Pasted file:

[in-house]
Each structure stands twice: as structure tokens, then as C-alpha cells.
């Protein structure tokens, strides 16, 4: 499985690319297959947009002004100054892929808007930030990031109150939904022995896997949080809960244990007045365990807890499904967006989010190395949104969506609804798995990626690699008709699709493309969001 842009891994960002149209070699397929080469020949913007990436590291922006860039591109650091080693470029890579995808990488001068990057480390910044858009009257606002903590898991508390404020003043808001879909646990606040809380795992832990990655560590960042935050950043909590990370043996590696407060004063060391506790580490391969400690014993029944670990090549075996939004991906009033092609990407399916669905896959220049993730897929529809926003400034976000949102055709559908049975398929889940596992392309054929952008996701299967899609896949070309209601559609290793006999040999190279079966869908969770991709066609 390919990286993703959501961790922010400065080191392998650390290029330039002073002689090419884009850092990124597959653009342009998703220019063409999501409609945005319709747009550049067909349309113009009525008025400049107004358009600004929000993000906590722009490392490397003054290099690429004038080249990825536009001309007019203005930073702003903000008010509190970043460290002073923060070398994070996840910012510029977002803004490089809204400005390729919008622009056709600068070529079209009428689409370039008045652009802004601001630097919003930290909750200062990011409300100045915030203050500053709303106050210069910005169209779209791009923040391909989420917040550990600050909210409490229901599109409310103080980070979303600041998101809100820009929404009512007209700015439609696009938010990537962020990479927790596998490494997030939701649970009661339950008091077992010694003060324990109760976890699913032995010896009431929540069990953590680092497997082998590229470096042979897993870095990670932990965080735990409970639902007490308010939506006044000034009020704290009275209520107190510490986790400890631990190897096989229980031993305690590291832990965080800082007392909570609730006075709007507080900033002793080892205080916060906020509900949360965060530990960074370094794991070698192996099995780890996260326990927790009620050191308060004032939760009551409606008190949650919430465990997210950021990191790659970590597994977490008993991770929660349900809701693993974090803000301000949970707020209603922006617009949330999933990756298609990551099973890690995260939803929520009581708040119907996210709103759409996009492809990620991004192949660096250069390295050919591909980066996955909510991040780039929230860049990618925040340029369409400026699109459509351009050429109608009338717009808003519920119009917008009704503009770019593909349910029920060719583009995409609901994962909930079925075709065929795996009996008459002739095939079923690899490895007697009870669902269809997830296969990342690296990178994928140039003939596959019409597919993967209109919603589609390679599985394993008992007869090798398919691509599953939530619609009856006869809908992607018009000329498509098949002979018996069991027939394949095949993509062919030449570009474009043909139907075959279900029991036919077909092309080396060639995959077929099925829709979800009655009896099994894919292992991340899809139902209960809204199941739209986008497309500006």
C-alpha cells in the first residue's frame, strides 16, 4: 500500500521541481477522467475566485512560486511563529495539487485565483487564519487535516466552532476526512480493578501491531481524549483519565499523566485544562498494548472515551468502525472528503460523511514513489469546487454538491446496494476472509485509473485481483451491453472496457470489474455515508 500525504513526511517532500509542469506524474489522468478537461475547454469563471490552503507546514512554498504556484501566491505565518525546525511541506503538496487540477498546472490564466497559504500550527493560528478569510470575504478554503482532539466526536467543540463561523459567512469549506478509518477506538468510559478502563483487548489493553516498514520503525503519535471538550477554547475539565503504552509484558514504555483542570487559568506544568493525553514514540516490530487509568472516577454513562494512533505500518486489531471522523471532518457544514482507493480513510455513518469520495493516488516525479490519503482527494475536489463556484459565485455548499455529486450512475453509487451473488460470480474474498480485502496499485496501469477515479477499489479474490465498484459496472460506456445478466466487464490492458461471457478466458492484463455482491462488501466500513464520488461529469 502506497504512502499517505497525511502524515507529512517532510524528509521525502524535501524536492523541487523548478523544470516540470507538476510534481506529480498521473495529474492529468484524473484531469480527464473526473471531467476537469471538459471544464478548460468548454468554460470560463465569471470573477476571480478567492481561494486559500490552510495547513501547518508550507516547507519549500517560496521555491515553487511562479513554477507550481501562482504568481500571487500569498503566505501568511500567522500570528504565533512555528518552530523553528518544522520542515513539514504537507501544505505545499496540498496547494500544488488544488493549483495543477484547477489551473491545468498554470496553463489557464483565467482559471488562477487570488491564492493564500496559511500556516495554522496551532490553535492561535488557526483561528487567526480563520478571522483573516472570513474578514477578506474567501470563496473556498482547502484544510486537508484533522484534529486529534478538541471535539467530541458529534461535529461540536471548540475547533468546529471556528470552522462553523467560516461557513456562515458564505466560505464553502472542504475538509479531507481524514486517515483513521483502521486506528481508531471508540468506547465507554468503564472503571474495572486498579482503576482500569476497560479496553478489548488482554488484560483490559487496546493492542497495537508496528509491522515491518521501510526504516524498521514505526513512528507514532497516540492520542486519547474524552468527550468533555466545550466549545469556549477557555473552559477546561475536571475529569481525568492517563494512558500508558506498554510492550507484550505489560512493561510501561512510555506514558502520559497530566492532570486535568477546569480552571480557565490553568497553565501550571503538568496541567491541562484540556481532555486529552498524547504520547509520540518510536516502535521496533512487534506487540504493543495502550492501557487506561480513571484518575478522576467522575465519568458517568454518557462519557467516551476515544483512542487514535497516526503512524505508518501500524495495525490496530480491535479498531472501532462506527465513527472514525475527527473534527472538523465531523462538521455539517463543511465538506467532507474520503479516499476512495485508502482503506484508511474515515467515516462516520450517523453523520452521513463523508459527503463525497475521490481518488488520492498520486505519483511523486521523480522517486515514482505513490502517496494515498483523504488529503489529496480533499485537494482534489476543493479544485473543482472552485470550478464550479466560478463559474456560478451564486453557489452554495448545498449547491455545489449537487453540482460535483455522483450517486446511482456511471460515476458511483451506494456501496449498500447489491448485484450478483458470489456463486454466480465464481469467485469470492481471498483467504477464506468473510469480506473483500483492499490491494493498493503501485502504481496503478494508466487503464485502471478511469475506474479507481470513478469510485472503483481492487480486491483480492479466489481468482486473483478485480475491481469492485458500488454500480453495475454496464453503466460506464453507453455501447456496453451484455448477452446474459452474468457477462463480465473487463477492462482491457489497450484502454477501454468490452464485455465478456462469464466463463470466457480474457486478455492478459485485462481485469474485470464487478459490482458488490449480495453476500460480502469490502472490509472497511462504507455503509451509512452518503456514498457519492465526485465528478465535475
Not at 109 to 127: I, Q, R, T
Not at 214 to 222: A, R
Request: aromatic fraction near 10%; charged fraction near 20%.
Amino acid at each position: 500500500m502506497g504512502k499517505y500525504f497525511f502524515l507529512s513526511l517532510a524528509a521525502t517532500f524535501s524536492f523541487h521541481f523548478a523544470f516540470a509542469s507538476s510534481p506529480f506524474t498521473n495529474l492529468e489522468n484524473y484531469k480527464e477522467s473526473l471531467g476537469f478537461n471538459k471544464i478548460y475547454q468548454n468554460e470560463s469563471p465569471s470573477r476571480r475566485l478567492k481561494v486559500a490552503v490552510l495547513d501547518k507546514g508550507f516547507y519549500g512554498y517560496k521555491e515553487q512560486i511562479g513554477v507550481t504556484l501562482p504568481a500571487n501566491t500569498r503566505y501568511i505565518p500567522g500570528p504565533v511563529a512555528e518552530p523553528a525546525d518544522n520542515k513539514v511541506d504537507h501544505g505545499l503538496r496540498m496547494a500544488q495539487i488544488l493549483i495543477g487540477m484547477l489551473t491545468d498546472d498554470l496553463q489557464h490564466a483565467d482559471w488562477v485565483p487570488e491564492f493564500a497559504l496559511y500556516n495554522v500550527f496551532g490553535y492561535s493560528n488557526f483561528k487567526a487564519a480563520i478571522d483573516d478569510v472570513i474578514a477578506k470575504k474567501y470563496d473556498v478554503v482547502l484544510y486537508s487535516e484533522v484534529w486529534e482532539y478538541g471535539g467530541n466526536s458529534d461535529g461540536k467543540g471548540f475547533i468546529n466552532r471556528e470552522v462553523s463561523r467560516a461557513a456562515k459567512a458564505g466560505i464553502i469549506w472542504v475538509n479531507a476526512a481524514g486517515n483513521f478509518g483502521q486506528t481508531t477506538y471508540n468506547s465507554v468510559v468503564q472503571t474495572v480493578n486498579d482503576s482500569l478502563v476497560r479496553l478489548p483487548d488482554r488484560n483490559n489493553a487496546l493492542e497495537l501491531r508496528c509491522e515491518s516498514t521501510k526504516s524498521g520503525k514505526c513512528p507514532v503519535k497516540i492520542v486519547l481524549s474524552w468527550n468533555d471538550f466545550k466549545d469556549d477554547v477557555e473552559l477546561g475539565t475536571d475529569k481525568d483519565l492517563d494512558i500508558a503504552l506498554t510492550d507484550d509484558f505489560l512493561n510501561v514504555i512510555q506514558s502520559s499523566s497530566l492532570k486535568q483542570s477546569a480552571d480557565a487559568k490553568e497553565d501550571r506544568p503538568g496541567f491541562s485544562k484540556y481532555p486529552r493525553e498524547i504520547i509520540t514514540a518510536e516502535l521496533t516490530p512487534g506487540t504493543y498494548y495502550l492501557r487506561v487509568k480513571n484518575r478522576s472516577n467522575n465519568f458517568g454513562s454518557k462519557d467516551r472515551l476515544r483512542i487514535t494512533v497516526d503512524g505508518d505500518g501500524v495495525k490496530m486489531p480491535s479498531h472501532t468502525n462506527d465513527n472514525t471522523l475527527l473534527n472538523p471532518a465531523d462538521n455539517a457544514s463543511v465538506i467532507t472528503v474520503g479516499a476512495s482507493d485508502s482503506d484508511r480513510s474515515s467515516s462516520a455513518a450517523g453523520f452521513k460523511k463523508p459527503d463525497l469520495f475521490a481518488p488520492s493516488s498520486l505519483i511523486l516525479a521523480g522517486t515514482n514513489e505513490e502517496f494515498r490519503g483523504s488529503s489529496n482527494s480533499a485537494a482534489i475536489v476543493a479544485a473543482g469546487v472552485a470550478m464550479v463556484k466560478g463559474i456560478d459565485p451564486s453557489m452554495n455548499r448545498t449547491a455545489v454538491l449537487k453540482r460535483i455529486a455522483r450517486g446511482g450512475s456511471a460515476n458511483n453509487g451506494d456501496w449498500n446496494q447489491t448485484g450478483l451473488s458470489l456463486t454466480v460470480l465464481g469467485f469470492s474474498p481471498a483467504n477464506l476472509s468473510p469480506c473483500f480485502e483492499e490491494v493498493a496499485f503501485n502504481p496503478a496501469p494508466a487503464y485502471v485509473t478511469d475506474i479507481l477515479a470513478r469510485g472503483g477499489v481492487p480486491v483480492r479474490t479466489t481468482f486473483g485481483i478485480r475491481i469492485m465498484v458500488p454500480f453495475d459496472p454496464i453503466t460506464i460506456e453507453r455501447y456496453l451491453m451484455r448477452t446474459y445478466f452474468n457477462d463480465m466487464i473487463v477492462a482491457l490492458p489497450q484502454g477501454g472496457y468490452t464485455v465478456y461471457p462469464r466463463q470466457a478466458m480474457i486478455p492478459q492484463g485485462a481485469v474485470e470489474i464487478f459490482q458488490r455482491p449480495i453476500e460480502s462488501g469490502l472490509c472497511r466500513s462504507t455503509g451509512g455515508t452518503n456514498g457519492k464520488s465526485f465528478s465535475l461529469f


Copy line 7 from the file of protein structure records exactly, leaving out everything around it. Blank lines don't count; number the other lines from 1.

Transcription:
Request: aromatic fraction near 10%; charged fraction near 20%.